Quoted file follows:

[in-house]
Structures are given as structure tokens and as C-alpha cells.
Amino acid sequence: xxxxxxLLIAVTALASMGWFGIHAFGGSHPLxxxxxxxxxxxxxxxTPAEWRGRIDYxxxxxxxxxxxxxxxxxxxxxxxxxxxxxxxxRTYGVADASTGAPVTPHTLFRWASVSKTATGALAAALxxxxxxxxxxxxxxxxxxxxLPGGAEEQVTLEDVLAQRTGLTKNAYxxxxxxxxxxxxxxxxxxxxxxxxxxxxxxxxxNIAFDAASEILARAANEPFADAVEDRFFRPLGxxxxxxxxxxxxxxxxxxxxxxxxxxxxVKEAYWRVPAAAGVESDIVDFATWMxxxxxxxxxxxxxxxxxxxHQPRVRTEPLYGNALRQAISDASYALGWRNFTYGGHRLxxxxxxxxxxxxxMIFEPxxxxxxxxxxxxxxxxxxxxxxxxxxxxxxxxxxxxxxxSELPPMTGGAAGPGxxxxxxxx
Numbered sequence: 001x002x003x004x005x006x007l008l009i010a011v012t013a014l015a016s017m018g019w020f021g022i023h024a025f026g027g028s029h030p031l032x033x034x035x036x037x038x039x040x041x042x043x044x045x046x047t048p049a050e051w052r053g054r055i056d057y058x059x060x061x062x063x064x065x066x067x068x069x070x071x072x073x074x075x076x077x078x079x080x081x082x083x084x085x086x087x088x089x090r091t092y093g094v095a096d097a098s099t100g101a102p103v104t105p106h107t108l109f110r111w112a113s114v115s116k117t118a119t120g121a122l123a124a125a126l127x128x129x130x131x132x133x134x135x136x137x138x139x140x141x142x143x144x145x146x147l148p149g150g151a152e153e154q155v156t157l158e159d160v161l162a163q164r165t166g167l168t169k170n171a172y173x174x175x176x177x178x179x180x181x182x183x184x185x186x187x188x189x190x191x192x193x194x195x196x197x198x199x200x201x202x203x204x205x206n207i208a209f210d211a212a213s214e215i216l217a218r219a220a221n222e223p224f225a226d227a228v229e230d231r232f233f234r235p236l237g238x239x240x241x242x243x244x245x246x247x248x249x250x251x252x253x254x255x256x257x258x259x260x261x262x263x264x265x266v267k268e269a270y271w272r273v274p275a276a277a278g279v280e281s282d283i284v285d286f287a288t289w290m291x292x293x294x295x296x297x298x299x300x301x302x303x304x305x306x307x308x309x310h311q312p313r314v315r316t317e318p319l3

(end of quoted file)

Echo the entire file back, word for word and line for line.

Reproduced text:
[in-house]
Structures are given as structure tokens and as C-alpha cells.
Amino acid sequence: xxxxxxLLIAVTALASMGWFGIHAFGGSHPLxxxxxxxxxxxxxxxTPAEWRGRIDYxxxxxxxxxxxxxxxxxxxxxxxxxxxxxxxxRTYGVADASTGAPVTPHTLFRWASVSKTATGALAAALxxxxxxxxxxxxxxxxxxxxLPGGAEEQVTLEDVLAQRTGLTKNAYxxxxxxxxxxxxxxxxxxxxxxxxxxxxxxxxxNIAFDAASEILARAANEPFADAVEDRFFRPLGxxxxxxxxxxxxxxxxxxxxxxxxxxxxVKEAYWRVPAAAGVESDIVDFATWMxxxxxxxxxxxxxxxxxxxHQPRVRTEPLYGNALRQAISDASYALGWRNFTYGGHRLxxxxxxxxxxxxxMIFEPxxxxxxxxxxxxxxxxxxxxxxxxxxxxxxxxxxxxxxxSELPPMTGGAAGPGxxxxxxxx
Numbered sequence: 001x002x003x004x005x006x007l008l009i010a011v012t013a014l015a016s017m018g019w020f021g022i023h024a025f026g027g028s029h030p031l032x033x034x035x036x037x038x039x040x041x042x043x044x045x046x047t048p049a050e051w052r053g054r055i056d057y058x059x060x061x062x063x064x065x066x067x068x069x070x071x072x073x074x075x076x077x078x079x080x081x082x083x084x085x086x087x088x089x090r091t092y093g094v095a096d097a098s099t100g101a102p103v104t105p106h107t108l109f110r111w112a113s114v115s116k117t118a119t120g121a122l123a124a125a126l127x128x129x130x131x132x133x134x135x136x137x138x139x140x141x142x143x144x145x146x147l148p149g150g151a152e153e154q155v156t157l158e159d160v161l162a163q164r165t166g167l168t169k170n171a172y173x174x175x176x177x178x179x180x181x182x183x184x185x186x187x188x189x190x191x192x193x194x195x196x197x198x199x200x201x202x203x204x205x206n207i208a209f210d211a212a213s214e215i216l217a218r219a220a221n222e223p224f225a226d227a228v229e230d231r232f233f234r235p236l237g238x239x240x241x242x243x244x245x246x247x248x249x250x251x252x253x254x255x256x257x258x259x260x261x262x263x264x265x266v267k268e269a270y271w272r273v274p275a276a277a278g279v280e281s282d283i284v285d286f287a288t289w290m291x292x293x294x295x296x297x298x299x300x301x302x303x304x305x306x307x308x309x310h311q312p313r314v315r316t317e318p319l3